Republican Bob Turner's victory in the special election for Anthony Weiner's New York congressional seat is being interpreted across the political spectrum as a possible rebuke to Democrats, particularly President Barack Obama.

Turner's opponent, Democratic state Assemblyman David Weprin, failed to generate much excitement throughout the contest. Turner instantly seized on the results as a reflection of popular discontent with Obama's economic policies and as a portent of things to come, declaring that We've lit one candle today and there's going to be a bonfire pretty soon.

We have been told this is a referendum, Turner said in a victory speech. And we're ready to say, 'Mr. President, we are on the wrong track.'

Rep. Debbie Wasserman Schultz, D-Fla., the chairwoman of the Democratic National Committee, shrugged off suggestions that the race had broader implications, pointing to the unique demographics of a district that has a disproportionately heavy concentration of Orthodox Jews. Conservative Jewish voters may have been swayed by Weprin's vote to legalize same-sex marriage, or by a call from former New York City mayor Ed Koch to express anger at Obama's policies towards Israel by voting for Turner.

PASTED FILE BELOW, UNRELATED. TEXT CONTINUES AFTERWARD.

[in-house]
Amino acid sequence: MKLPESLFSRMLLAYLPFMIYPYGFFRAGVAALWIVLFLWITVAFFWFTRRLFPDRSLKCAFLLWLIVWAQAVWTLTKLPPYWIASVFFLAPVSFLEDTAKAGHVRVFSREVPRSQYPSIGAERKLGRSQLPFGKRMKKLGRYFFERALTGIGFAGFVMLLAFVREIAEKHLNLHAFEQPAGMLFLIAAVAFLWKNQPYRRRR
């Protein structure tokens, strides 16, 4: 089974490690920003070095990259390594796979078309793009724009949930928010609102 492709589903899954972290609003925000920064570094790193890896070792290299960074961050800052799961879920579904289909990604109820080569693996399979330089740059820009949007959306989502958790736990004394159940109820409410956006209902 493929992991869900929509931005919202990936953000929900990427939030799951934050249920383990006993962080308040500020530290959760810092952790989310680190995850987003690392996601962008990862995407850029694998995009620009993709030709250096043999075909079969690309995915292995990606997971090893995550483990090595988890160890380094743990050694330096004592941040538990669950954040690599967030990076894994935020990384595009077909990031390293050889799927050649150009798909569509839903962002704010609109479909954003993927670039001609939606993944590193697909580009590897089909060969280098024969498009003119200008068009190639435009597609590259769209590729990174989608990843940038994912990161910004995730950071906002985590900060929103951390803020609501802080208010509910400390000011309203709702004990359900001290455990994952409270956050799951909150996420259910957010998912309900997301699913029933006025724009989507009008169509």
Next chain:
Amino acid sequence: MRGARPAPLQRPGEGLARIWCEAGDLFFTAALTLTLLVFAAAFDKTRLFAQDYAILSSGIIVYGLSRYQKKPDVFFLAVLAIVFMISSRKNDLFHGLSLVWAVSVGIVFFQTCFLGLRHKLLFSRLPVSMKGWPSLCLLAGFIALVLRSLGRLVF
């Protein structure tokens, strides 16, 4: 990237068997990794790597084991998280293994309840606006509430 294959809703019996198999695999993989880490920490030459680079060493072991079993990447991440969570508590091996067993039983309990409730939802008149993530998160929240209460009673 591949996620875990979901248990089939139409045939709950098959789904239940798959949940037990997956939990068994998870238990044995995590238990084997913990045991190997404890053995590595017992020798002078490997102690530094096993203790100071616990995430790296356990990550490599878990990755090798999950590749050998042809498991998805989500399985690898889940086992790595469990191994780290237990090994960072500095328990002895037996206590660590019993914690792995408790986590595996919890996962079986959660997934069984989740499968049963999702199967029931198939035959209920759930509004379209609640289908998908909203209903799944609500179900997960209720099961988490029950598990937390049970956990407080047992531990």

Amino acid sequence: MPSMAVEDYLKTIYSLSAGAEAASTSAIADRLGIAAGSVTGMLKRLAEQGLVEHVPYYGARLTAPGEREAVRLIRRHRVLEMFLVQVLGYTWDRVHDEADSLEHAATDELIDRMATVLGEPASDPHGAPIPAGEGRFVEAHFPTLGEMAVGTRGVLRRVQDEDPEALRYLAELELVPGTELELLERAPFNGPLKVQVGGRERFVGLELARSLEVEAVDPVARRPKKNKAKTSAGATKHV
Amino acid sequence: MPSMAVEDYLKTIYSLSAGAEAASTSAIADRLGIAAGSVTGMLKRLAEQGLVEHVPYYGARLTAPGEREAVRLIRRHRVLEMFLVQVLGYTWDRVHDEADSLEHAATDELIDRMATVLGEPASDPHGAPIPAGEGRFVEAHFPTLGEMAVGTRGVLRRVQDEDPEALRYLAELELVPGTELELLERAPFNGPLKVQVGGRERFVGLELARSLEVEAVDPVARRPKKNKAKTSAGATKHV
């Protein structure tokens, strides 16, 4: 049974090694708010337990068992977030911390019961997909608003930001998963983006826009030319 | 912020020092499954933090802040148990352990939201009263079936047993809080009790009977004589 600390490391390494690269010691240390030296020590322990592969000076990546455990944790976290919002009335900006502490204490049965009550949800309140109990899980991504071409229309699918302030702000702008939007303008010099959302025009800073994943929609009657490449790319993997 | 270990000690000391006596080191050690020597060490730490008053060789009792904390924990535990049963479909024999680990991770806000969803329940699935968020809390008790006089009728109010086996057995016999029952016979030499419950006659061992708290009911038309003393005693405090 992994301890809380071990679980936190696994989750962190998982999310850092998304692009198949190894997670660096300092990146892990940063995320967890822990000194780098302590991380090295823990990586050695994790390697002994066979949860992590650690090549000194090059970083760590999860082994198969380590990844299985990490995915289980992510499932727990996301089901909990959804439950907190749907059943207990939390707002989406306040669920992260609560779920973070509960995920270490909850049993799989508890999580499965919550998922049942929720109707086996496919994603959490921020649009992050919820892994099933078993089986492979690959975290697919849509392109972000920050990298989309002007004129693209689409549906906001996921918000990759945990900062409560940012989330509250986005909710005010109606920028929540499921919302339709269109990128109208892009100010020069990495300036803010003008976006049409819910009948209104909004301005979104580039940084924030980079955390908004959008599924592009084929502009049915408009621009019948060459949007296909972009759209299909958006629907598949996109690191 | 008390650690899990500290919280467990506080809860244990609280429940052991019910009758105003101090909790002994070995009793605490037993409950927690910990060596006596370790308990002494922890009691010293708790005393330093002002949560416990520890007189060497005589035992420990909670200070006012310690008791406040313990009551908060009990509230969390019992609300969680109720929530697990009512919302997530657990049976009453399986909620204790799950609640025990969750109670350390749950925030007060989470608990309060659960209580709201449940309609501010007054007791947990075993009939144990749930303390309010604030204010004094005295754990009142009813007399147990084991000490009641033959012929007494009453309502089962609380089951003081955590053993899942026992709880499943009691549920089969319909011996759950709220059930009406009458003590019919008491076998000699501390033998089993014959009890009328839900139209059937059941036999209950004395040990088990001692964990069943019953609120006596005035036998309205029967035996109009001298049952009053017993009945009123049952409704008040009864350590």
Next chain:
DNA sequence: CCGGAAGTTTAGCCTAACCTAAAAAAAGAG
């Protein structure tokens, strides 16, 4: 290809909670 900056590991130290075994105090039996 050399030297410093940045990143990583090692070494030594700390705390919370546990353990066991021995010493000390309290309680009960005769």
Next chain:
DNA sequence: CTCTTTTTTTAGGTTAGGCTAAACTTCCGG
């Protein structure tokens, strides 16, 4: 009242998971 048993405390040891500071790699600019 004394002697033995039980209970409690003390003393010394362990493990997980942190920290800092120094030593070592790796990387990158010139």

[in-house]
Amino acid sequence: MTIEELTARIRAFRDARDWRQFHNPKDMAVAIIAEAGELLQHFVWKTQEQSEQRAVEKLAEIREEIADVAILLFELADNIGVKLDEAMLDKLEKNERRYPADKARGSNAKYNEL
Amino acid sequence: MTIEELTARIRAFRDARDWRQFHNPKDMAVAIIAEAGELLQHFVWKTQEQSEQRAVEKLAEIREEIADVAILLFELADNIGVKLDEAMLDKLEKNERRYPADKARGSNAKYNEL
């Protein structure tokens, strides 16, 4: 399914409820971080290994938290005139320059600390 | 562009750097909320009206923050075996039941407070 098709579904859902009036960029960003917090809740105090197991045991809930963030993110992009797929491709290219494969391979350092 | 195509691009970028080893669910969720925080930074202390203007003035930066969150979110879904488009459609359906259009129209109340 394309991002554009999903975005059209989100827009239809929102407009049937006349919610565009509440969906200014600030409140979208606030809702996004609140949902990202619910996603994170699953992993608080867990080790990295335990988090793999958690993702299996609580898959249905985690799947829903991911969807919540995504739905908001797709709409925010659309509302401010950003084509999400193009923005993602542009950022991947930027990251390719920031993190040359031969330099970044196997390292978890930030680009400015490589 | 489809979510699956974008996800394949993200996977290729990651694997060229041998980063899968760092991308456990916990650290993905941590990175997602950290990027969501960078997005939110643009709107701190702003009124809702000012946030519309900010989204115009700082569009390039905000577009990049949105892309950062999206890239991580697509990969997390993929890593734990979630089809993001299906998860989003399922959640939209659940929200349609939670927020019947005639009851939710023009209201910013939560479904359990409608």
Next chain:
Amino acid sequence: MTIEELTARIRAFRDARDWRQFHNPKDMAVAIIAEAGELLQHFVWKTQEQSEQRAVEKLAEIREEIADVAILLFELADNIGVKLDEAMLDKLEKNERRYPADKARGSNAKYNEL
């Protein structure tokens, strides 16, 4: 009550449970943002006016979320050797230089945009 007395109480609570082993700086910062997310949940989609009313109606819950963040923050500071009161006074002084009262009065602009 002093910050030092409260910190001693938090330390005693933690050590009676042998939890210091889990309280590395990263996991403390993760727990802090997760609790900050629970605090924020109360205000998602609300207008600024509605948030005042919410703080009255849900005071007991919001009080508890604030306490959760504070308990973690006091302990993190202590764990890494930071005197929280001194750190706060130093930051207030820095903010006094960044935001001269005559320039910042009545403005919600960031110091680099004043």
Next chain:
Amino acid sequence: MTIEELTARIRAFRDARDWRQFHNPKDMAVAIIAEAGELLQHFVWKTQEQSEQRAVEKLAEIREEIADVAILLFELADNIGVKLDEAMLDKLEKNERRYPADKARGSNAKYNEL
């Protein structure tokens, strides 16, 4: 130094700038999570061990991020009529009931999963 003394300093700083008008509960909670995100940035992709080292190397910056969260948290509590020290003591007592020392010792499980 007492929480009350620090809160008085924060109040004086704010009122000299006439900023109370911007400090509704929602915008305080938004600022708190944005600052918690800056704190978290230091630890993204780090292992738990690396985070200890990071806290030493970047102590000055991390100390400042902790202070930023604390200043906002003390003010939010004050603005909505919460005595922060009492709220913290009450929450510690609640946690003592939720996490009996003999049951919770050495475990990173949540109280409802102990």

In this district, there is a large number of people who went to the polls tonight who didn't support the president to begin with and don't support Democrats - and it's nothing more than that, Wasserman Schultz told The New York Times.

But some voters exiting the polls expressed a disillusionment with Obama that seemed to enforce Turner's contention.

I am a registered Democrat, I have always been a registered Democrat, I come from a family of Democrats - and I hate to say this, I voted Republican, Linda Goldberg, 61, told the Times. I need to send a message to the president that he's not doing a very good job. Our economy is horrible. People are scared.

Democratic donors and strategists also registered a sharp sense of disappointment and anxiety in a Tuesday afternoon conference call reported by Politico, with a person who was on the call describing people as betrayed, disappointed, furious, disgusted, hopeless.

House Whip Steny Hoyer, D-Md., told Politico that Obama would shoulder some of the blame for Weprin's loss regardless of why voters cast their ballots as they did.

I think every election reflects on the person in charge, but do I think it is an overall statement on the president alone? No, said Hoyer. Do I think it will be interpreted as being a statement on Obama? That's probably correct.